Every 23 minutes, a woman is diagnosed with ovarian cancer, and one in 75 will develop the disease in their lifetime (source: National Cancer Institute). While most women are aware of their breast cancer risk, fewer are aware of their risk of ovarian cancer or the subtle early symptoms of the disease which often can be overlooked. The result is that women don’t seek help until the disease has begun to spread, making treatment more complex.
The most common ovarian cancer symptoms include:
- Pelvic or abdominal pain
- Back pain
- Urinary urgency
- Nausea or indigestion
- Shortness of breath
- Weight gain
Testing and Screening for Ovarian Cancer
Unlike Pap tests for cervical cancer and mammograms for breast cancer, there is no routine screening test for ovarian cancer. Researchers have discovered new information about how BRCA1 and BRCA2 gene mutations can increase ovarian cancer risk. These are the same genes that are tested to determine the chance of developing breast cancer. Approximately 20 percent of women diagnosed with ovarian cancer have a hereditary tendency to develop the disease. Most of the time, these patients have a genetic mutation of the BRCA1 or BRCA2 gene.
All women with ovarian cancer are recommended to undergo genetic testing to identify these gene mutations. The information can help determine a woman’s risk of developing other cancers, as well as provide insight into whether other family members can benefit from testing, too. In some cases, siblings and others within the family that also have tested positive for the gene mutation can undergo preventive treatment or additional screenings and surveillance.
Innovations in Ovarian Cancer Treatment
For women who have been diagnosed with ovarian cancer, identified gene mutations may also play a part in determining the best treatment therapies. New research is providing guidance on how genes affect the biology of cancer growth, and targeted therapies are being developed to inhibit specific enzymes that contribute to cancers caused by mutations in BRCA1 and BRCA2.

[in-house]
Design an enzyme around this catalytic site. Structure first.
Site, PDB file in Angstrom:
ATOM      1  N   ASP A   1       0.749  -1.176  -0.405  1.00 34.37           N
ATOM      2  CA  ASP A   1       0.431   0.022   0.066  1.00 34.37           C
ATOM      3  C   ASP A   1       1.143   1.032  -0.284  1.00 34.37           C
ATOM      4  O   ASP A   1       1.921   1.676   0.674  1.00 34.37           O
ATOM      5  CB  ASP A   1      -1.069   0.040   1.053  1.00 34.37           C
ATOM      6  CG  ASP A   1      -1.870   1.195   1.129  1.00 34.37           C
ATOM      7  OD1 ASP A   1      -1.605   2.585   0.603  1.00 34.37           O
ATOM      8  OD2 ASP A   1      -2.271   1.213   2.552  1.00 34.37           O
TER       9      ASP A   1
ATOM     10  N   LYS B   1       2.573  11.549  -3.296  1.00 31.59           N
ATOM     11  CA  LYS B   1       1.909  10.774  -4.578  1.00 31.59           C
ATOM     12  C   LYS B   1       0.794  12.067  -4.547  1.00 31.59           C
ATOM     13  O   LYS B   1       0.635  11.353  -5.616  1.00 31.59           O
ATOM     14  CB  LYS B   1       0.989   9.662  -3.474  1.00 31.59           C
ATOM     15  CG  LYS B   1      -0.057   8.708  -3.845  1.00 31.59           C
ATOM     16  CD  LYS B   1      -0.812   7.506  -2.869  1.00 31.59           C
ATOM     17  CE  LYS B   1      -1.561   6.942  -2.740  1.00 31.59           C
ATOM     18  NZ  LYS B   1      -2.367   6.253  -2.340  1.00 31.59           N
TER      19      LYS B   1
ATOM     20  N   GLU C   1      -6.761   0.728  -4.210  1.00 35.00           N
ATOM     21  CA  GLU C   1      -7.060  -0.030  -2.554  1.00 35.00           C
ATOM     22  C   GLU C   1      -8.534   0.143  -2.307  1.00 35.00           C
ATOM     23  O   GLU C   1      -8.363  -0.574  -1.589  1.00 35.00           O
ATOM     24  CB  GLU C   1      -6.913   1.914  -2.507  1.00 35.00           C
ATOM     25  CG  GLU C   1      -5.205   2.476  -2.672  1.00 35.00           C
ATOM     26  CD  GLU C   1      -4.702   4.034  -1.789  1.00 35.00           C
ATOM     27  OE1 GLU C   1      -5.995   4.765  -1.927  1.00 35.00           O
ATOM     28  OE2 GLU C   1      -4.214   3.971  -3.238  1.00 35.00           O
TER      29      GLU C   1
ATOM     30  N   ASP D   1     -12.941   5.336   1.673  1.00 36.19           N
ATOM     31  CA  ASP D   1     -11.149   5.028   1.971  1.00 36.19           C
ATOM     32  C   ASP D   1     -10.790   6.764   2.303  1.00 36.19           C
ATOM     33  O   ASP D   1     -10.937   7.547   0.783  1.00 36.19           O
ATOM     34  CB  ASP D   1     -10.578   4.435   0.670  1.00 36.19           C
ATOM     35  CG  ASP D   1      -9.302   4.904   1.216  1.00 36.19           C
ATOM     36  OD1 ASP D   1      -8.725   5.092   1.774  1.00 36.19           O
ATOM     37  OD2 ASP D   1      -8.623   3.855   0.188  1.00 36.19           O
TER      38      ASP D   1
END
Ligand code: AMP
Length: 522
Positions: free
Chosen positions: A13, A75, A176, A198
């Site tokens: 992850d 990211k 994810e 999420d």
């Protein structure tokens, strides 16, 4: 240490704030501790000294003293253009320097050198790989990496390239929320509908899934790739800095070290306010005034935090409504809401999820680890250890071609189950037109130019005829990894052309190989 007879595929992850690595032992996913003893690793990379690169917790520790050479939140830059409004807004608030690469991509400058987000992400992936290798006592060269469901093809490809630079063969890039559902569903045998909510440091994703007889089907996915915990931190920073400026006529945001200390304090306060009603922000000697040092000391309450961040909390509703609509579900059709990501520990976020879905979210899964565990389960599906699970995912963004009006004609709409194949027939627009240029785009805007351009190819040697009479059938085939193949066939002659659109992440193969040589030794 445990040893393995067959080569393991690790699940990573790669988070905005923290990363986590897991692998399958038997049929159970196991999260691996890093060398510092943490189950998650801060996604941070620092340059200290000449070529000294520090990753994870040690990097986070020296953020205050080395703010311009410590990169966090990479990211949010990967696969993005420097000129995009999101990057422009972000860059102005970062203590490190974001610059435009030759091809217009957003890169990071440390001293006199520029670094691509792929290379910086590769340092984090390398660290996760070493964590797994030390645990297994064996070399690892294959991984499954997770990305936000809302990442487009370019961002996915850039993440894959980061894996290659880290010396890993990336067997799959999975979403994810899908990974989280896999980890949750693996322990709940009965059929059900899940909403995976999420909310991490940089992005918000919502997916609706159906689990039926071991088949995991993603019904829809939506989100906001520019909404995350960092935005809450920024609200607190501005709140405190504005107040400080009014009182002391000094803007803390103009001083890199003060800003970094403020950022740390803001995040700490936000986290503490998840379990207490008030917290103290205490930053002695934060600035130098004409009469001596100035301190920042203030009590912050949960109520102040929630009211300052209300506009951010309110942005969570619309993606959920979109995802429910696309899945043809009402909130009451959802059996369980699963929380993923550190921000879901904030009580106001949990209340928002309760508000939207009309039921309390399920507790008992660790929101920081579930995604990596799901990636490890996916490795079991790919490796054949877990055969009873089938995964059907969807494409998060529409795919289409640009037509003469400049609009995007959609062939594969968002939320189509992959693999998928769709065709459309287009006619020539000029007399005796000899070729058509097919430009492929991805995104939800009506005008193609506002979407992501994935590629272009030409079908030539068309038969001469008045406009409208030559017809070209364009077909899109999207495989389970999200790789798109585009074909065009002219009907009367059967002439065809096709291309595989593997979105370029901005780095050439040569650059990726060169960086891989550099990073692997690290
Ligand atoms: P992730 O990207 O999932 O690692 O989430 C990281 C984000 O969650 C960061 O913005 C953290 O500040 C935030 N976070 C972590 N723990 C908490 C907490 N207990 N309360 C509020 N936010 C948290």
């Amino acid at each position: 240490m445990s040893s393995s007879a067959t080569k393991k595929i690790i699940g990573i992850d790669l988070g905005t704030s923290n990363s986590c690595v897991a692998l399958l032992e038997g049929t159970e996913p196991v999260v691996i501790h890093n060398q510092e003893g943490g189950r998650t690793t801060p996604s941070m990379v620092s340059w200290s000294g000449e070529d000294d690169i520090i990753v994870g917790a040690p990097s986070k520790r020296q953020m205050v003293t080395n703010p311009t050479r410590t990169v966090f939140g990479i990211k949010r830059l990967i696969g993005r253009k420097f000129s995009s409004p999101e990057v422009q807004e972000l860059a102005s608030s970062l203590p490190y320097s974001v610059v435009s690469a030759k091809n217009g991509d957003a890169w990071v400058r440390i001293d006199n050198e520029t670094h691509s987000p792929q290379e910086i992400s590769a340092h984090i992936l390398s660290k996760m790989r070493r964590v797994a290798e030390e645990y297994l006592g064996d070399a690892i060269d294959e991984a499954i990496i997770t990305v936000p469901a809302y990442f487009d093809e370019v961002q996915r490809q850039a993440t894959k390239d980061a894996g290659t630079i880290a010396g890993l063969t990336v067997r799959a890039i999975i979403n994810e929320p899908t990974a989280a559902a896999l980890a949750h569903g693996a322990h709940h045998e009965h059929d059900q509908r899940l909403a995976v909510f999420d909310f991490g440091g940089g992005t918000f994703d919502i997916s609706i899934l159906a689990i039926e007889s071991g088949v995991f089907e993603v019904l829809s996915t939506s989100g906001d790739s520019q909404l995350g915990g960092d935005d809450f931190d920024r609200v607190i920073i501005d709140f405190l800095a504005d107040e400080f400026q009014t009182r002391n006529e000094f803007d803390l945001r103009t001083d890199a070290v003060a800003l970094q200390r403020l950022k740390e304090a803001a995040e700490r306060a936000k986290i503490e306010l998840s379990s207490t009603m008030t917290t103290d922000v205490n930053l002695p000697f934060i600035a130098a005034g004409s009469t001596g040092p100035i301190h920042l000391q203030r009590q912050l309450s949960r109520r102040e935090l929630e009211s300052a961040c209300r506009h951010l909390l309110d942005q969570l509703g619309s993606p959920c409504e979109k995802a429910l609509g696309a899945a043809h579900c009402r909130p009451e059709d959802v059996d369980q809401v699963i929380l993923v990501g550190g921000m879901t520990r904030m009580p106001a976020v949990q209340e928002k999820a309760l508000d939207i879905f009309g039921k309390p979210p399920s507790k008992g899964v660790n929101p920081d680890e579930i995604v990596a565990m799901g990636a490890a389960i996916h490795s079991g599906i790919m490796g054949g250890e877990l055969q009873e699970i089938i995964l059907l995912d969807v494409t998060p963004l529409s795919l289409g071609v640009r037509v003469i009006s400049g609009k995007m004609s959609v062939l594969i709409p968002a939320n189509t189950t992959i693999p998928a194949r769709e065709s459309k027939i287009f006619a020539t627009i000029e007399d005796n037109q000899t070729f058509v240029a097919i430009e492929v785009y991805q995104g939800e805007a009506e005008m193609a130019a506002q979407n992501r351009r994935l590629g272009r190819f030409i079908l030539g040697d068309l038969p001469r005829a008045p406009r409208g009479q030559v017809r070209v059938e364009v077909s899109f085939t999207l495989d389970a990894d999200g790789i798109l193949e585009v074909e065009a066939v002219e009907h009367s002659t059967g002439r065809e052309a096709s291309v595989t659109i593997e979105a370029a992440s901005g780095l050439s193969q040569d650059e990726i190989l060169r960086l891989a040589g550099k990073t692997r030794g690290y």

“Use of these inhibitors can slow progression of the disease and result in tremendous improvements in survival,” says Dr. Jill Suzanne Whyte, MD, Gynecologic Oncology, Obstetrics and Gynecology at North Shore University Hospital.
Another new approach to ovarian cancer treatment that is showing promise is the development of tumor vaccines that help the immune system recognize cancer cells and attack them as they grow. The man-made antibodies used in the vaccines are similar to those that fight infection.
The Importance of Ongoing Ovarian Cancer Research
“Because ovarian cancer remains the leading cause of gynecological cancer deaths in the United States, the need for ongoing research to discover better ways to identify, treat and prevent the disease is essential,” notes Dr. Whyte. Due to decreased public funding of ovarian cancer research, there has been a substantial reduction in clinical trials over the last several years. Support for research funding is necessary for advancements to continue to be made. For women who are diagnosed, it’s also important to ask about specific clinical trials.
Find out more about ovarian cancer prevention and treatment. At Katz Institute for Women’s Health, we’re here to answer your questions. Call the Katz Institute for Women’s Health Resource Center at 855-850-5494 to speak to a women’s health specialist.